The Court Jester and 9/11 Truth
Attacked by the Left. Attacked by the Right. Attacked by “edgy” political comedians for scant, confused laughs – with no discernible purpose other than to discourage and further isolate those seeking justice. No matter if their political affiliation is Coke, or whether they lean hard towards Pepsi, everyone in the corporate mainstream media can agree that 9/11 truth is a target worthy of derision.
Yet, strangely, none of them can seem to get their story straight.
When left-wing commentators denounce 9/11 truth activists, the activists are derided as right-wing conspiracy freaks – lumped in with the Tea Party and various hate groups. When it’s the Right’s turn to attack, those seeking answers about 9/11 are uniformly painted as Bush-burnt America haters, the very worst of the left-wing losers.
Sometimes – just to mix it up – a lefty journalist will agree that 9/11 truth is indeed a scourge of the Left, and even concoct a bizarre conspiracy theory to explain it away.
When it comes to political humor in the corporate media, the drill is exactly the same.
Last week, comedian Jon Stewart of The Daily Show announced his upcoming “Rally to Restore Sanity” in Washington DC. Using 9/11 truth as an example of the “insanity” that plagues this country, Stewart mocked the cause as right-wing kookiness, the equivalent of believing Obama is a secret muslim.
Stewart’s shtick is the exasperated moderate everyman, a lone voice of reason in a sea of insanity – willing to question or poke fun at anyone or anything. But, as with fellow “edgy” political humorist Bill Maher, some things simply must not be questioned. And those who do question them must be mocked.
“The people that believe George Bush let 9/11 happen to pad Dick Cheney’s Halliburton stock portfolio,” Stewart intoned to minimal laughter, describing the “dumb” 15 to 30 percent of the population that he says is holding the country back.
“You’ve seen their signs.”
Stewart then whipped out a sign of his own reading “9/11 Was an Outside Job” – as a sample of what would be an appropriate message at his rally.
Some have noted that Stewart’s routine of mocking political leaders while seeming to lull his audience into a state of further complacency resembles the historical role of the court jester. On 911blogger.com, filmmaker Scott Noble, creator of the recently released PSYWAR, commented to that effect, quoting The Psychology of Adaptation to Absurdity:
“It is apropos in this respect that the early court jesters were assigned the role of protecting the king against the chaotic and uncontrolled forces in the universe. The jesters were considered to be qualified for such a role because their foolish strangeness and deviance intimated they were in contact with, and could potentially influence, analogous outlandish phenomena. Paradoxically, even as the funny ones soothe and protect, they also provoke. They go out of their way to conjure up images of threatening, forbidden stuff (variously relating to sex, death, anality, and hypocrisy). But each provocation is bathed in humor and the reassurance that there is nothing to fear from the threatening theme because it is, after all, only one more example of something ridiculous and absurd.”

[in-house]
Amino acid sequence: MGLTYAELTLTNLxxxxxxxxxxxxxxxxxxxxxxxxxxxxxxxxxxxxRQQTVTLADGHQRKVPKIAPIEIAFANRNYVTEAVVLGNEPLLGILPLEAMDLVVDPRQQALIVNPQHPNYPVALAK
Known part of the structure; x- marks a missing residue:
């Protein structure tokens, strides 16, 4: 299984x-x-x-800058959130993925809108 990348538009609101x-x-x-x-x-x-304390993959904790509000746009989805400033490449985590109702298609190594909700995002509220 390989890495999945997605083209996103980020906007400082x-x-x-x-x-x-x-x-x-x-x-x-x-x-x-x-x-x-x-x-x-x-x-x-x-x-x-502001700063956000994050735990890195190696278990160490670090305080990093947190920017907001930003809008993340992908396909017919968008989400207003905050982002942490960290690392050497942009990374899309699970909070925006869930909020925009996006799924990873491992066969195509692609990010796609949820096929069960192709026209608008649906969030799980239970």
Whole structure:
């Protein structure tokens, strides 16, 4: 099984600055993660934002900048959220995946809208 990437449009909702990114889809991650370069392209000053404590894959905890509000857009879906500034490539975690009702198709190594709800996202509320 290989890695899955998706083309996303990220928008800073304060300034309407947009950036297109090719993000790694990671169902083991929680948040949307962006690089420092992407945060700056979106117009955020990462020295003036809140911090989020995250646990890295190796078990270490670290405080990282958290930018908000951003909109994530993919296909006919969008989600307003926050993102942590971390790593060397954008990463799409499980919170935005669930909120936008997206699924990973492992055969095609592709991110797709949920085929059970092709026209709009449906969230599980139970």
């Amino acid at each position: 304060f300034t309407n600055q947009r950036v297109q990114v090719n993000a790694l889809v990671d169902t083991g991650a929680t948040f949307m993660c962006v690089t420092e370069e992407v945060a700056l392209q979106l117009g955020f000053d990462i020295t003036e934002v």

There is something distinctly distasteful about making jokes about mass murder and destruction when they are happening in the here and now, which is what Stewart and Colbert do on a nightly basis. Defenders will argue that if we don’t laugh we cry; it’s a form of catharsis. There is more “truthiness” in Stewart than in the nightly news.
Yet these programs also reassure us, subconsciously, that all is well in the world. And there are lines that they will not cross. When it comes to the interviews of *controversial* figures, ie politicians/mass murderers – 9 times out of 10 they throw softballs, giggle together, shake hands, and proceed with the commercials.
I have no doubt that disaffected youth will flock to these rallies, but it all seems so… empty.
Another commenter on the site pointed out that one of The Daily Show’s staff writers – Kevin Bleyer – has contributed material to President Obama’s speeches and is a member of the influential Council on Foreign Relations. Bleyer is also a Truman National Security fellow and one of the founding contributors to The Huffington Post, a site which strictly forbids questioning of 9/11. In the past, Bleyer has worked with Bill Maher and Dennis Miller, two other comedians who have regularly disparaged 9/11 activists. Surely this is all just a coincidence, but one that’s interesting enough to note.
What is it about 9/11 and its unanswered questions that makes it so hard for mainstream journalists, media figures and even comedians to address it in an honest, straightforward manner? Is it because if it became common, verified knowledge that we were lied to about those attacks that changed the world and launched us into endless war, the establishment would be too threatened? Would too many comfortable jobs would be lost?
Is this all about cowardice and greed?
After nine years of solid, stonewall resistance to dealing with reality and an unending onslaught of mindless mockery and derision, it’s easy to think that might just be a big part of it.
RELATED: Jon Stewart: “I can’t handle it”
Screenshot courtesy of John Parulis
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